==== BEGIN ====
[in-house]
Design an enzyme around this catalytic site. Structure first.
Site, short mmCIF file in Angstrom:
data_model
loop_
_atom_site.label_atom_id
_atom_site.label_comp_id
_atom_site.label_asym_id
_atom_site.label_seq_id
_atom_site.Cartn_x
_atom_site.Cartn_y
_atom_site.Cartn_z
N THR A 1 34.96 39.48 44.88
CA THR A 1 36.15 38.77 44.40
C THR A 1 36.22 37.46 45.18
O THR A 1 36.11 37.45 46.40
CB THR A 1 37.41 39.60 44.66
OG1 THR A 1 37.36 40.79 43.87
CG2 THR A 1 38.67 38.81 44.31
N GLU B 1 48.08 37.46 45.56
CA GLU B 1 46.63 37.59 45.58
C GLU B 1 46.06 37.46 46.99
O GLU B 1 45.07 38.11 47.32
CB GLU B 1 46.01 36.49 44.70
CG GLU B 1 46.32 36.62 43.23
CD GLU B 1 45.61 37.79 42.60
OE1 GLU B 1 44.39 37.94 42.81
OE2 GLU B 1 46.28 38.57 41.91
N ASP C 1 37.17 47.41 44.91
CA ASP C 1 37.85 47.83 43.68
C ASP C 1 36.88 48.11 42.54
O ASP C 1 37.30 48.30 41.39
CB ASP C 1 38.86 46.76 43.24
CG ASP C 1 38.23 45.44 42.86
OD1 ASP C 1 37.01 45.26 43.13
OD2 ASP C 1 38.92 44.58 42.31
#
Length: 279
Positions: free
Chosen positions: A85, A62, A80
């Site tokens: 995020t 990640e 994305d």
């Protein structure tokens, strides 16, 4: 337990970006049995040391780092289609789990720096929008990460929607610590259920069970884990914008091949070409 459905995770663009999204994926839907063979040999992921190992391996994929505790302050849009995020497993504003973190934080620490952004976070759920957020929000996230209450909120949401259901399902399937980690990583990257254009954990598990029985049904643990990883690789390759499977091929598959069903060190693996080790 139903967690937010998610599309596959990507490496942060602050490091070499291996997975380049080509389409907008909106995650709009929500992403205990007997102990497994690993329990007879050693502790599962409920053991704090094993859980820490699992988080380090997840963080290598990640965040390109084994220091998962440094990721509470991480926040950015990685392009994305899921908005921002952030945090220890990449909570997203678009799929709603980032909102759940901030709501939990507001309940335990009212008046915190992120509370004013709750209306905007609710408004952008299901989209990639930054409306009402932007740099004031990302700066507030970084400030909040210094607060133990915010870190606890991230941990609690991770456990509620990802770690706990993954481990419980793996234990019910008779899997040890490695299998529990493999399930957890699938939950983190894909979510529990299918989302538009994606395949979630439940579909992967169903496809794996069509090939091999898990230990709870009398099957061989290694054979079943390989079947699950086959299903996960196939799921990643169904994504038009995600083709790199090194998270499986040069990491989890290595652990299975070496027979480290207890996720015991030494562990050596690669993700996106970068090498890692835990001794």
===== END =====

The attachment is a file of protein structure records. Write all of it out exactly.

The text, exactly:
[in-house]
Design an enzyme around this catalytic site. Structure first.
Site, short mmCIF file in Angstrom:
data_model
loop_
_atom_site.label_atom_id
_atom_site.label_comp_id
_atom_site.label_asym_id
_atom_site.label_seq_id
_atom_site.Cartn_x
_atom_site.Cartn_y
_atom_site.Cartn_z
N THR A 1 34.96 39.48 44.88
CA THR A 1 36.15 38.77 44.40
C THR A 1 36.22 37.46 45.18
O THR A 1 36.11 37.45 46.40
CB THR A 1 37.41 39.60 44.66
OG1 THR A 1 37.36 40.79 43.87
CG2 THR A 1 38.67 38.81 44.31
N GLU B 1 48.08 37.46 45.56
CA GLU B 1 46.63 37.59 45.58
C GLU B 1 46.06 37.46 46.99
O GLU B 1 45.07 38.11 47.32
CB GLU B 1 46.01 36.49 44.70
CG GLU B 1 46.32 36.62 43.23
CD GLU B 1 45.61 37.79 42.60
OE1 GLU B 1 44.39 37.94 42.81
OE2 GLU B 1 46.28 38.57 41.91
N ASP C 1 37.17 47.41 44.91
CA ASP C 1 37.85 47.83 43.68
C ASP C 1 36.88 48.11 42.54
O ASP C 1 37.30 48.30 41.39
CB ASP C 1 38.86 46.76 43.24
CG ASP C 1 38.23 45.44 42.86
OD1 ASP C 1 37.01 45.26 43.13
OD2 ASP C 1 38.92 44.58 42.31
#
Length: 279
Positions: free
Chosen positions: A85, A62, A80
């Site tokens: 995020t 990640e 994305d």
């Protein structure tokens, strides 16, 4: 337990970006049995040391780092289609789990720096929008990460929607610590259920069970884990914008091949070409 459905995770663009999204994926839907063979040999992921190992391996994929505790302050849009995020497993504003973190934080620490952004976070759920957020929000996230209450909120949401259901399902399937980690990583990257254009954990598990029985049904643990990883690789390759499977091929598959069903060190693996080790 139903967690937010998610599309596959990507490496942060602050490091070499291996997975380049080509389409907008909106995650709009929500992403205990007997102990497994690993329990007879050693502790599962409920053991704090094993859980820490699992988080380090997840963080290598990640965040390109084994220091998962440094990721509470991480926040950015990685392009994305899921908005921002952030945090220890990449909570997203678009799929709603980032909102759940901030709501939990507001309940335990009212008046915190992120509370004013709750209306905007609710408004952008299901989209990639930054409306009402932007740099004031990302700066507030970084400030909040210094607060133990915010870190606890991230941990609690991770456990509620990802770690706990993954481990419980793996234990019910008779899997040890490695299998529990493999399930957890699938939950983190894909979510529990299918989302538009994606395949979630439940579909992967169903496809794996069509090939091999898990230990709870009398099957061989290694054979079943390989079947699950086959299903996960196939799921990643169904994504038009995600083709790199090194998270499986040069990491989890290595652990299975070496027979480290207890996720015991030494562990050596690669993700996106970068090498890692835990001794």